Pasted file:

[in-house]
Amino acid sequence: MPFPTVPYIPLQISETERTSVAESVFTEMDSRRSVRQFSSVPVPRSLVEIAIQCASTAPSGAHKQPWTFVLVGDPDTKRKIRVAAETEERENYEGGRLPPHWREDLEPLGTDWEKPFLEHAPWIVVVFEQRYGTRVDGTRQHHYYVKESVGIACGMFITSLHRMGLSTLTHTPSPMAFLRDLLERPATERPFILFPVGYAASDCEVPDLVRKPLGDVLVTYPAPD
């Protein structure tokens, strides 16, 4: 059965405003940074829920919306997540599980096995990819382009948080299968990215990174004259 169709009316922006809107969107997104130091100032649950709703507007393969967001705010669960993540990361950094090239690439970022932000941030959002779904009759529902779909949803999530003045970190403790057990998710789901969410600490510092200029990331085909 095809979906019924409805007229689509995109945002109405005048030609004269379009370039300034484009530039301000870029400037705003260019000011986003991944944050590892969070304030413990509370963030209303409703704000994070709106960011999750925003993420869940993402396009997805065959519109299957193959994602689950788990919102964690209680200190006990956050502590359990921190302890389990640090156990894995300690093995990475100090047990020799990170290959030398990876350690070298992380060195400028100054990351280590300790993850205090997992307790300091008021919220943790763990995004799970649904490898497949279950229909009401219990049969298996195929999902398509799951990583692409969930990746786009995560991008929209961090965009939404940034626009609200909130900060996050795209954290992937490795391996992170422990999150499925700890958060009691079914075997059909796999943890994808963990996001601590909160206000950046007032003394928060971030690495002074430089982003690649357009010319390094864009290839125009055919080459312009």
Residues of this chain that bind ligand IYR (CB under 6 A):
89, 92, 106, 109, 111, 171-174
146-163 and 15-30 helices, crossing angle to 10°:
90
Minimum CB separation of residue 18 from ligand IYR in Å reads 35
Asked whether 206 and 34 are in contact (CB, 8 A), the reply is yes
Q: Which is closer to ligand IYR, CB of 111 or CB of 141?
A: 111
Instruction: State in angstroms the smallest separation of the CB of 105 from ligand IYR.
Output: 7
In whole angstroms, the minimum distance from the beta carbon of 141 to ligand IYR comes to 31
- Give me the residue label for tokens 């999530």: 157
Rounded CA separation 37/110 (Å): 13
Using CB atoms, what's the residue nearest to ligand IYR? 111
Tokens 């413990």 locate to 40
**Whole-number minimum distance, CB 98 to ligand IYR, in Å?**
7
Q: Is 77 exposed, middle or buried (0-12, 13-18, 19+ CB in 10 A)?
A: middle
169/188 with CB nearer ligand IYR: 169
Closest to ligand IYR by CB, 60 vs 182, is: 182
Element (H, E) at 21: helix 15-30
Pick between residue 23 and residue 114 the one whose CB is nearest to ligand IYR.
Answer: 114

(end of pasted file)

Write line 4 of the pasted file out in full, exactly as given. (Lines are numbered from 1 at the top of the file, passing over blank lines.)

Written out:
Residues of this chain that bind ligand IYR (CB under 6 A):